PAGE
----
The comfort and convenience of the indoor built environment are undeniable, and historically, so are the costs of maintaining it.
Through heating, ventilation, and air-conditioning (HVAC) systems, spaces are conditioned for human occupancy. When it is hot in the summer, people enjoy the effect of air conditioning. In the cold winter months, heating systems keep people safe and cozy.
Most people expect at least a base level of comfort, and although few notice truly exemplary climate control in a space, its lack is obvious to almost anyone. Conditioning built environments for human comfort are, therefore, a necessity, but must we expend so many resources to achieve this?
The million-dollar question
How can we effectively reduce the monetary cost and environmental impact of heating and cooling indoor spaces for human occupancy?
As demand for energy grows and the greenhouse effect persists, this question has led to many initiatives that call for increased efficiency of HVAC system operations to lower overall energy consumption.
Preventing unwanted heat transfer in the first place is a major step towards achieving these goals. This means keeping additional thermal energy, or heat, from entering a cooled space in the summer and alternately preventing thermal energy from escaping from a heated space in the winter. This significantly decreases the overall amount of energy that must be removed from or added to the space.
The concept of passive cooling and heating build on this idea. Passive cooling methods not only reduce heat gain but also drive heat loss, whereas means of passive heating retain heat through insulation and induce additional heat flow into the space.
To cut utility costs as well as reduce CO2 emissions, a team from Peking University and the Beijing Graphene Institute (BGI) used this concept of passive thermal management to further existing research on materials used for solar heating and radiative cooling.
Opposed to many previous methods which primarily addressed only one mode, either summer cooling or winter heating, the team developed and tested a two-sided, or dual-function, fabric for thermal energy management. The new material can be used in both summer and winter, and outperforms single-function materials that do not adapt to dynamic environments with changing ambient temperatures and thus consume more energy by acting in a counterproductive mode for part of the year.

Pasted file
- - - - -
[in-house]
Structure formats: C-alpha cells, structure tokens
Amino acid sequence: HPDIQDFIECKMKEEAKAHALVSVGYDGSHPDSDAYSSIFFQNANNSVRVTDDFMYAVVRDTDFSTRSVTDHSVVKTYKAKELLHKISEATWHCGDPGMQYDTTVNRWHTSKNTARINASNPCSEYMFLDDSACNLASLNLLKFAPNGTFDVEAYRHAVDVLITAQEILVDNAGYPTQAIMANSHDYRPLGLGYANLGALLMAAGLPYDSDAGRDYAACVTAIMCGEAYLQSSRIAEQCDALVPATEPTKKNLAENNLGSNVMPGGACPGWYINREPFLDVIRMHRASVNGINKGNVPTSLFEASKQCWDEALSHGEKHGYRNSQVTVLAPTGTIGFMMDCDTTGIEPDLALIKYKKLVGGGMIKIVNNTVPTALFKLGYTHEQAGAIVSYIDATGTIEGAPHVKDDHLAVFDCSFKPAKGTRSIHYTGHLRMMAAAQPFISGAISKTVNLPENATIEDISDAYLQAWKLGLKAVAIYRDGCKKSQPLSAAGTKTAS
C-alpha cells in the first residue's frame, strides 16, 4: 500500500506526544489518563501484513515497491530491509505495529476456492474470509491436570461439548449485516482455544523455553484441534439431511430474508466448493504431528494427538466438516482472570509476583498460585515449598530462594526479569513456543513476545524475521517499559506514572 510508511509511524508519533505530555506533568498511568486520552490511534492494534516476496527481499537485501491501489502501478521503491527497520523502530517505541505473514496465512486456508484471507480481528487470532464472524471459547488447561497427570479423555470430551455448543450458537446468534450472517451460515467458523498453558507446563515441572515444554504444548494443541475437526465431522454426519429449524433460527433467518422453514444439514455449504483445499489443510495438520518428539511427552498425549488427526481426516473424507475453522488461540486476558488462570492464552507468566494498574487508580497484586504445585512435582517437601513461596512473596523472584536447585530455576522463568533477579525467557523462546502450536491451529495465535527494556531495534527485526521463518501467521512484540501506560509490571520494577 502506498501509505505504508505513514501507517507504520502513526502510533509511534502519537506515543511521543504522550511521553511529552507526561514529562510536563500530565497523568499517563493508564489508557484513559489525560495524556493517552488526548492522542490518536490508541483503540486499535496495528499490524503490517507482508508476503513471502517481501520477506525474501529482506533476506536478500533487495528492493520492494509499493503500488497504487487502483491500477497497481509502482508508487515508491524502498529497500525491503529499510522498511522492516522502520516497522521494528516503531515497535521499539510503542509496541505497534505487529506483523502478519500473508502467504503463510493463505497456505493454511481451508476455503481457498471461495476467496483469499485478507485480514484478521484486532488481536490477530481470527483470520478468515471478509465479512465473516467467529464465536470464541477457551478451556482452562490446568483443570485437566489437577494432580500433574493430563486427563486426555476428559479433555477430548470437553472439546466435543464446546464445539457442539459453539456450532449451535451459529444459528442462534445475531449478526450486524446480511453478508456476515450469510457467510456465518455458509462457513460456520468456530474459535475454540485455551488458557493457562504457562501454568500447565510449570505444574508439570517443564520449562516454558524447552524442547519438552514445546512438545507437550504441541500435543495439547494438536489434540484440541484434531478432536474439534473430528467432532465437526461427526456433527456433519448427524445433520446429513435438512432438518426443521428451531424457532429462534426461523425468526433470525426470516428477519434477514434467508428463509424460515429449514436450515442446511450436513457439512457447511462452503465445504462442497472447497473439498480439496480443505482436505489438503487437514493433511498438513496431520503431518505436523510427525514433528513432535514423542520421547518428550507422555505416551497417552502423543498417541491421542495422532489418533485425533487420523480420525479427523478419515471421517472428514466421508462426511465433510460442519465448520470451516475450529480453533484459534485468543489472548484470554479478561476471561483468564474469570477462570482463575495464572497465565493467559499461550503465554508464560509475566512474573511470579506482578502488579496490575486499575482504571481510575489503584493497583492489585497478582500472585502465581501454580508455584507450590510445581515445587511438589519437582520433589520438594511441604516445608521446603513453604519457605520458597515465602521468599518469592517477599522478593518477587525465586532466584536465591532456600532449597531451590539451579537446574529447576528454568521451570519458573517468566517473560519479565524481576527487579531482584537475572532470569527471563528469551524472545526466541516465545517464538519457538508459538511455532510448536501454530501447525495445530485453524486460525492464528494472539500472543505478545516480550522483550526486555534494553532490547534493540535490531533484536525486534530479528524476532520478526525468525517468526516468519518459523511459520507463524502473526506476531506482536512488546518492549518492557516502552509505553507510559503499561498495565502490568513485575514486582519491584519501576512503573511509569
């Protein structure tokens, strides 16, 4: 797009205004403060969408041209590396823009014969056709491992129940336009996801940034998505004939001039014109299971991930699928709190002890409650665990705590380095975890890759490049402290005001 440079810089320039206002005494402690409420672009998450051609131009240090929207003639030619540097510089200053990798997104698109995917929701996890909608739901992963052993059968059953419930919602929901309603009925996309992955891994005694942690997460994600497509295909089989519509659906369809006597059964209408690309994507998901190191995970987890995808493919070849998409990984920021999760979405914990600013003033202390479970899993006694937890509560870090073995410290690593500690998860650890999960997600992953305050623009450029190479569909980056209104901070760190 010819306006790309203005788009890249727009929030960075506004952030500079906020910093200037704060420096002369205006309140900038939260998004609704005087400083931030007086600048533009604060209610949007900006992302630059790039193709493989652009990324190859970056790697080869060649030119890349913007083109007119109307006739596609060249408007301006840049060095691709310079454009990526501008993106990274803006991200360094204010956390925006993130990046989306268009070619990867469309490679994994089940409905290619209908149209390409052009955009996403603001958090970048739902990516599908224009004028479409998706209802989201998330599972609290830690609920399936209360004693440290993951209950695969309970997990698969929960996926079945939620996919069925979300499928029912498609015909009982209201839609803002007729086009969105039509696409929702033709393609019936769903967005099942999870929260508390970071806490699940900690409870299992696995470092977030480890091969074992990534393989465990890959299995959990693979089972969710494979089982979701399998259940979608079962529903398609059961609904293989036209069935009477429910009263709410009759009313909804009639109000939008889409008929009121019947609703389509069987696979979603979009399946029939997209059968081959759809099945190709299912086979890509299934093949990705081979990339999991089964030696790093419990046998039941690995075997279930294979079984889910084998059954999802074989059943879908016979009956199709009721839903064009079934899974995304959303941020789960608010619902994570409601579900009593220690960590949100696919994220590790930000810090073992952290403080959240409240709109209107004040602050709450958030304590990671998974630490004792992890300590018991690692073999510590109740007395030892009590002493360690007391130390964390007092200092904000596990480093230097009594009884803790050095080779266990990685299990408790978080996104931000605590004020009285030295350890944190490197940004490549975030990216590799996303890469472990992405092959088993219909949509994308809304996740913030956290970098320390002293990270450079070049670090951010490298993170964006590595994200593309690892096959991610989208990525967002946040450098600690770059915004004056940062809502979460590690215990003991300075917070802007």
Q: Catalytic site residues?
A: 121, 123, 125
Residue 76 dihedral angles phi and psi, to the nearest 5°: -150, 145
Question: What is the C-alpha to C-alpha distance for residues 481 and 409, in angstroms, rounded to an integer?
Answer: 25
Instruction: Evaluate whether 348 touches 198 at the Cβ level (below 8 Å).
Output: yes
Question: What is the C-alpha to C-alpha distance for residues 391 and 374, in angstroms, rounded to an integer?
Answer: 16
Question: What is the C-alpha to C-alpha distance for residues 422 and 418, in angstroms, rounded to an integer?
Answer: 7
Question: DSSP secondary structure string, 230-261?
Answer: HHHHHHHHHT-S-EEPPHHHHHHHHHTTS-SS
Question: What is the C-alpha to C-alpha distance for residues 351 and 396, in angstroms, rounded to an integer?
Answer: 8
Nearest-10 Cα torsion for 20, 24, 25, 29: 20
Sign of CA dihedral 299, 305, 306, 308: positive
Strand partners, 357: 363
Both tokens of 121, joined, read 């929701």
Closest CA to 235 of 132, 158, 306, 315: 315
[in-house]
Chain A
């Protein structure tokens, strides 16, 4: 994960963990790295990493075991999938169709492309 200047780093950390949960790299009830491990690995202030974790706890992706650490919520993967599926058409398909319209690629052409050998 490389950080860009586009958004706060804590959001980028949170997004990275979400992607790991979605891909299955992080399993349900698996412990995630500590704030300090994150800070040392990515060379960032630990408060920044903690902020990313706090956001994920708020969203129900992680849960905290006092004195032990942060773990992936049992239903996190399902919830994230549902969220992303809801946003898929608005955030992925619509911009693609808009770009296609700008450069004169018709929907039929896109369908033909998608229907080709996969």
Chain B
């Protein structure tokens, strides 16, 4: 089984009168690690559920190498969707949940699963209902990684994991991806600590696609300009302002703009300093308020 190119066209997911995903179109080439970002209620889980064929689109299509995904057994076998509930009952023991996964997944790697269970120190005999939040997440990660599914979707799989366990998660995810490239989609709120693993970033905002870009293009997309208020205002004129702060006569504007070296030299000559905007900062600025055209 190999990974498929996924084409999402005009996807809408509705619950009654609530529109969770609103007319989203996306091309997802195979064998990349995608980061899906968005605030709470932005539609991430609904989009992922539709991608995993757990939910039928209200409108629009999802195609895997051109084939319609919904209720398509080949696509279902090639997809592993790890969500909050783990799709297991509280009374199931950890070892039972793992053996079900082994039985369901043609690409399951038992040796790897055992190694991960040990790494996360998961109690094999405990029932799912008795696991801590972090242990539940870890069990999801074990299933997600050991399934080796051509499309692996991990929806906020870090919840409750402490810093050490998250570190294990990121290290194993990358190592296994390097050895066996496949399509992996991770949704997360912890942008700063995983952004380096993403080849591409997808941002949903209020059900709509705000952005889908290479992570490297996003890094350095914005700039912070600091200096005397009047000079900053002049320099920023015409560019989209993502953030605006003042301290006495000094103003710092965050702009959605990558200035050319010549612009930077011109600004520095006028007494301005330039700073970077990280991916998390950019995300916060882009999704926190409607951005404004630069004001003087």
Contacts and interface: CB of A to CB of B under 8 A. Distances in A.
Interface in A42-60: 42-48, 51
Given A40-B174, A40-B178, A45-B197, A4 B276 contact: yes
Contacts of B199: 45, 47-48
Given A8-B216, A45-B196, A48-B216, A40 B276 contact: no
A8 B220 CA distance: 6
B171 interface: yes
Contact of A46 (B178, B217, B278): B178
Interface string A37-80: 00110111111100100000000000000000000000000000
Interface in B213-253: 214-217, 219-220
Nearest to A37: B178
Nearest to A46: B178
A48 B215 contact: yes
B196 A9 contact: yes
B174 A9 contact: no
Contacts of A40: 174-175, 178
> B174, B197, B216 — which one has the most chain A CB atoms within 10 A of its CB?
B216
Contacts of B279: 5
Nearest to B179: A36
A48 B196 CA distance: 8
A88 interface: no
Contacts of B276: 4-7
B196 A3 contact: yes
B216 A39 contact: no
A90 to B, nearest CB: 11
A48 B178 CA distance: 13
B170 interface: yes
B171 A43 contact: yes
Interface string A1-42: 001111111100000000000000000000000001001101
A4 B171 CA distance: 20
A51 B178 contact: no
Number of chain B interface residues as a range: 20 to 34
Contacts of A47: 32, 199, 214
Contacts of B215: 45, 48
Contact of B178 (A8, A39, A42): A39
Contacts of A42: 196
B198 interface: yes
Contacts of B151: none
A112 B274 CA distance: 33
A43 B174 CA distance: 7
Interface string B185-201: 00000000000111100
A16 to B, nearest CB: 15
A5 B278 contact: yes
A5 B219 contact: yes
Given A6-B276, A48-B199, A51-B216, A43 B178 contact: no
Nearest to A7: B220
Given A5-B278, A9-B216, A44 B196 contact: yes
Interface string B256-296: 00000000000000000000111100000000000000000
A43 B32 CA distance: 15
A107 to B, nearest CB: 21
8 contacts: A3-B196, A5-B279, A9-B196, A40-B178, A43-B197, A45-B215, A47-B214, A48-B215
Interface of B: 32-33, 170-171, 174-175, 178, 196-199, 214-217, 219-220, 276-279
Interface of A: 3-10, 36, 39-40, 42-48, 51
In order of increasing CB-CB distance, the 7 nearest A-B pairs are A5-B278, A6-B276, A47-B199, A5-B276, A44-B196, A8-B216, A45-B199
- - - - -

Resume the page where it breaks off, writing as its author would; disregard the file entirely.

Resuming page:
Making an adaptable material for thermal management
The team designed a material that is reversible so that it may adapt to both the cooling and heating needs of a space simply by flipping it over. Composition was challenging because the needs of the fabric in cooling mode versus heating mode are opposite. Ultimately, the team composed this advanced dual-function fabric of vertical graphene (VG), graphene glass fiber fabric (GGFF) and polyacrylonitrile (PAN) nanofibers sandwiched together.
On the cooling mode side, the PAN nanofibers are on top. This makes the fabric highly reflective to prevent solar radiation from heating the space, and it also lends to high emissivity which means that the material is good at releasing energy as thermal radiation to dissipate heat from within the space. Conversely, the heating mode side of the material leaves the VG layer exposed, and solar energy is concentrated by reflecting between the vertical structures within this layer to heat the space. In this mode, the PAN layer acts as an insulator to prevent heat loss.
By adjusting the PAN layer thickness, the solar reflectivity can be adjusted because the additional fibers scatter more light, making it even more difficult for solar radiation to penetrate the nanofibers. More fibers also add more insulation in heating mode. This level of configurability will allow the fabric to be specialized for the requirements of different climate zones with varying cooling requirements.
For example, arctic environments with extremely cold winters would require a thick PAN layer to prevent heat loss from the indoor environment, whereas more temperate climates would benefit from a thinner PAN layer to allow some heat loss and avoid overheating.
How this dual-function fabric is useful
As a whole, the fabric is very flexible and lightweight yet durable. The result is a portable material that performs well when exposed to the elements. These characteristics make the fabric highly versatile, and the team envisions it being useful in many applications, such as roof coatings, car covers, tents, and more.
Recording data during both summer and winter outdoor conditions, the research team tested the fabric as a roof covering and as a car cover in Beijing, China. In both scenarios, the fabric helped manage the interior temperature of the space through passive cooling and heating, and the team concluded that the innovative material can achieve year-round dynamic thermal management if the mode is switched between the heating and cooling seasons.
The future of this dual-function fabric for thermal management appears bright. The fabrication of the material demonstrates high scalability with commercially abundant raw materials, and the team believes there is promising potential for mass applications.
Reference: Hao Yuan, et al., Scalable Fabrication of Dual-Function Fabric for Zero-Energy Thermal Environmental Management through Multiband, Synergistic, and Asymmetric Optical Modulations, Advanced Materials (2023) DOI: 10.1002/adma.202209897